Periodic Reporting for period 3 - PRISM (Ice-binding proteins: from antifreeze mechanism to resistant soft materials)
Reporting period: 2018-05-01 to 2019-10-31
Crystallization of water into ice is lethal to most organisms and detrimental to many soft materials. Freeze-tolerant fish living in polar seas evolved to tackle this problem with an unusual coping strategy. They produce ‘antifreeze’ proteins that block the growth of nascent ice crystals within a narrow temperature range known as the ‘thermal hysteresis gap’ enabling survival under extreme conditions. Encoding this functionality into synthetic polymers would open up new avenues in biomedicine, agrifood and materials science for e.g. cryopreservation, crop hardiness, ice-templating, dispersion stability, and advanced coatings. Progress requires a profound understanding of the mechanism of non-colligative freezing point depression at the molecular level and allows for efficient strategies for the design and preparation of powerful macromolecular antifreezes.
Work performed from the beginning of the project to the end of the period covered by the report and main results achieved so far
Quantitative data analysis methods for the critical evaluation of ice recrystallization inhibition (IRI) of natural and synthetic antifreezes based on the sandwich assay of IRI activity have been developed. The thermal hysteresis (TH) and IRI activities of a range of IBP classes have been determined precisely and compared quantitatively. This study revealed that the activities are uncorrelated, and furthermore, TH activity determined by two distinct assays (cryoscopy and sonocrystallization) differ dramatically. These differences are tentatively attributed to differential affinities of the IBP clasess for fast and slow growing ice crystal planes and differences in growth conditions between the three assays. A synthetic route towards polyvinyl alcohol (PVA) bottlebrushes has been developed aiming to prepare highly IRI effective PVA-based synthetic antifreezes. The IRI activity of these PVA bottlebrushes has been compared to the activity of linear PVA polymers. The impact of chain architecture on the IRI activity of polyvinyl alcohol based synthetic antifreezes was found negligible as the effective inhibitory concentration Ci of the bottlebrush and linear PVA were found to be comparable. Two reviews on ice-binding proteins and analogues thereof have been published. The structure has been elucidated of a bacterial adhesion from the Antarctic bacterium Marinomonas primoryensis and the mechanical stability of its extender domain probed by single molecule force spectroscopy experiments. The stability and growth mechanism of nanotubes (NT) of putative antifreeze cyclic peptides (AFCP) have been studied by Molecular Dynamics simulations.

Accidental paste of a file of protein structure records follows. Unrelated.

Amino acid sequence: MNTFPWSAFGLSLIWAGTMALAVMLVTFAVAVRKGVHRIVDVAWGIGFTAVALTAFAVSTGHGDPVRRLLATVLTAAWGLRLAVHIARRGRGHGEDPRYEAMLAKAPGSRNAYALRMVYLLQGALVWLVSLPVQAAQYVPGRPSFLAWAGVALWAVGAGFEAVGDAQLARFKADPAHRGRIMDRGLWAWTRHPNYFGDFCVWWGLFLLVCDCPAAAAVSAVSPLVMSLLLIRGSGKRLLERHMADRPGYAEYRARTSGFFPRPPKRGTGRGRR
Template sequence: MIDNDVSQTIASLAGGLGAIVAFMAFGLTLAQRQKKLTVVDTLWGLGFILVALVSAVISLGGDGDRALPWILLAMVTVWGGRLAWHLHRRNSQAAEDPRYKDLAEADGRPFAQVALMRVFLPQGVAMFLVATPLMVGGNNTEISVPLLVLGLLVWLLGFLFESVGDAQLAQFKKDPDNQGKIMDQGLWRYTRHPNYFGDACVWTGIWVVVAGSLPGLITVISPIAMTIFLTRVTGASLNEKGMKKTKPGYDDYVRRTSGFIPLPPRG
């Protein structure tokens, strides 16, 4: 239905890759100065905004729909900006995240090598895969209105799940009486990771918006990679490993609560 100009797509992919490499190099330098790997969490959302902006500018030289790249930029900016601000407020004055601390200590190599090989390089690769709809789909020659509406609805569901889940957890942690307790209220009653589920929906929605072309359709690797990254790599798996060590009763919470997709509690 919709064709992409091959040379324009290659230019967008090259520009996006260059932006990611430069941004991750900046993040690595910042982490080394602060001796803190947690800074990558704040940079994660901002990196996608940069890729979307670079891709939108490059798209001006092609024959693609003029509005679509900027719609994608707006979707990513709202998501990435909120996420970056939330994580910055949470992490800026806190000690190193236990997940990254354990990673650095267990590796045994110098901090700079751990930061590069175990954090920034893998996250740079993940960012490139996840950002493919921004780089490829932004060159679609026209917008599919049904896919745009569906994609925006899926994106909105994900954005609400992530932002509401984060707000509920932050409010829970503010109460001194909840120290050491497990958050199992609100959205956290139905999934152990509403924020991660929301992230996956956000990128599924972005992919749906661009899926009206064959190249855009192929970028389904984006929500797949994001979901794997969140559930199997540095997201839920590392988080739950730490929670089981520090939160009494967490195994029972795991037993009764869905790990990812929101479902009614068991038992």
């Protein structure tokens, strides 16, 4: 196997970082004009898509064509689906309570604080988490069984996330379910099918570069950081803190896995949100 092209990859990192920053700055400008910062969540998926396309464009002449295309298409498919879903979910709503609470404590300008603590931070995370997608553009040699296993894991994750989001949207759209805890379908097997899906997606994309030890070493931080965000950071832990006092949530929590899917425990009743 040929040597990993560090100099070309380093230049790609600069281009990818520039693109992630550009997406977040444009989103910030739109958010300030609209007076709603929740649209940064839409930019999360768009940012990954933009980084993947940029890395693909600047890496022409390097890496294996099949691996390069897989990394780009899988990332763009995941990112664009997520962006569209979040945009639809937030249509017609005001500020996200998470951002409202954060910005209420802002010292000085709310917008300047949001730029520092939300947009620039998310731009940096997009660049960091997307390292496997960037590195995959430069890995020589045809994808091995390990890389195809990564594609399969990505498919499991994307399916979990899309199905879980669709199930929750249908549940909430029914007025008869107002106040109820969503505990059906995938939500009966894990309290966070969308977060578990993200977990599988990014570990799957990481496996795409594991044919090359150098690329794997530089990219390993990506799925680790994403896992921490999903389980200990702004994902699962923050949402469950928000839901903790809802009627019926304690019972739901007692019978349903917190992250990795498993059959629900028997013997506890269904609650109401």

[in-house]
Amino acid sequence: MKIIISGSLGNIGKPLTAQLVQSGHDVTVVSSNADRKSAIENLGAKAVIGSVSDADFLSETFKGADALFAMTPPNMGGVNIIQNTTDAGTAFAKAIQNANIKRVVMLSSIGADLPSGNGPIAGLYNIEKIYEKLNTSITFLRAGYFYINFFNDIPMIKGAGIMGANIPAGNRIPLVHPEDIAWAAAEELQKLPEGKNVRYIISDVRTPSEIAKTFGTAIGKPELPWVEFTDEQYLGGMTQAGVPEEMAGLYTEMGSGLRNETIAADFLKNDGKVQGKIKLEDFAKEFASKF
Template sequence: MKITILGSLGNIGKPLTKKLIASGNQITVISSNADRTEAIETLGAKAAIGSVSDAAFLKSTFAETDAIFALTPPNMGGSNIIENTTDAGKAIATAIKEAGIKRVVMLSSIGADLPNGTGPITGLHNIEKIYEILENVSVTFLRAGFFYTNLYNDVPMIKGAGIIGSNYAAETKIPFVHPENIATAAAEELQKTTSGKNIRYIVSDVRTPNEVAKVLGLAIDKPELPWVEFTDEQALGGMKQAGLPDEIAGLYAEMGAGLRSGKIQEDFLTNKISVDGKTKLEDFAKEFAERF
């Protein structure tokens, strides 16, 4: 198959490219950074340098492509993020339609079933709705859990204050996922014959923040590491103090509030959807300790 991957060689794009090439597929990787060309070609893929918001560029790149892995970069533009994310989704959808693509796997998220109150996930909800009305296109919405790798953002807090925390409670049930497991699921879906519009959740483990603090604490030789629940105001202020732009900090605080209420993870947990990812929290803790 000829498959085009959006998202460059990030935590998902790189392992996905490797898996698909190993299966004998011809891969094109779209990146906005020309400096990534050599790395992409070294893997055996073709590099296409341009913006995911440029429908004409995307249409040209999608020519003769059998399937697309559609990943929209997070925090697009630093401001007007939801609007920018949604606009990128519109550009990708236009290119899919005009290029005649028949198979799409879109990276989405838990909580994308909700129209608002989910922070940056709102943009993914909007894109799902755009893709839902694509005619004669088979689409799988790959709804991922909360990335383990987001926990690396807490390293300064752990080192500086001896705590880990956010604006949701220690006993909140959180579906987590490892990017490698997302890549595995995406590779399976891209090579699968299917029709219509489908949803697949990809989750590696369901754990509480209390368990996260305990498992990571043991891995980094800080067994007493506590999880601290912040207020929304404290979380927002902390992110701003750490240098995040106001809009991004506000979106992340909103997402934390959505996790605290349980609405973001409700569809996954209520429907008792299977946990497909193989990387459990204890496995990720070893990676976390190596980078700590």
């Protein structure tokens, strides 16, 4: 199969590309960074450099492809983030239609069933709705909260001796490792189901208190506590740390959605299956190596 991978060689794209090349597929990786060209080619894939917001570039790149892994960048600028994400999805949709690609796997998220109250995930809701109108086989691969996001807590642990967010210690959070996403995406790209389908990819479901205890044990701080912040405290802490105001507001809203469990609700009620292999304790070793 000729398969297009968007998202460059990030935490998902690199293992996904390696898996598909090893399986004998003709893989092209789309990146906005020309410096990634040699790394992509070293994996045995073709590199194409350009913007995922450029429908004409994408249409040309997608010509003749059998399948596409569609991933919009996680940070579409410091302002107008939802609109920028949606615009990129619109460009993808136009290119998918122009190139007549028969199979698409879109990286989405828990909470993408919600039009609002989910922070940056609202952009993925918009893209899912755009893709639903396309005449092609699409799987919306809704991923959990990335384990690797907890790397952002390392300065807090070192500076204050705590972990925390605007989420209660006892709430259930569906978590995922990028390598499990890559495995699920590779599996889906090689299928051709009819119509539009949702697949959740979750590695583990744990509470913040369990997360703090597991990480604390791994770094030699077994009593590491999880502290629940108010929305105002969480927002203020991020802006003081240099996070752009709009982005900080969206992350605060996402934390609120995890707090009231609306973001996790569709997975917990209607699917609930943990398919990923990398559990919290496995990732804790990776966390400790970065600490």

Progress beyond the state of the art and expected potential impact (including the socio-economic impact and the wider societal implications of the project so far)
In the upcoming reporting period the team will focus on ensemble and single-molecule experiments to elucidate the mechanistic underpinning of the activity of native ice-binding proteins and their bio-inspired mimics. Furthermore, novel routes for the preparation of bio-inspired mimics in high yield and purity with record performance will be developed.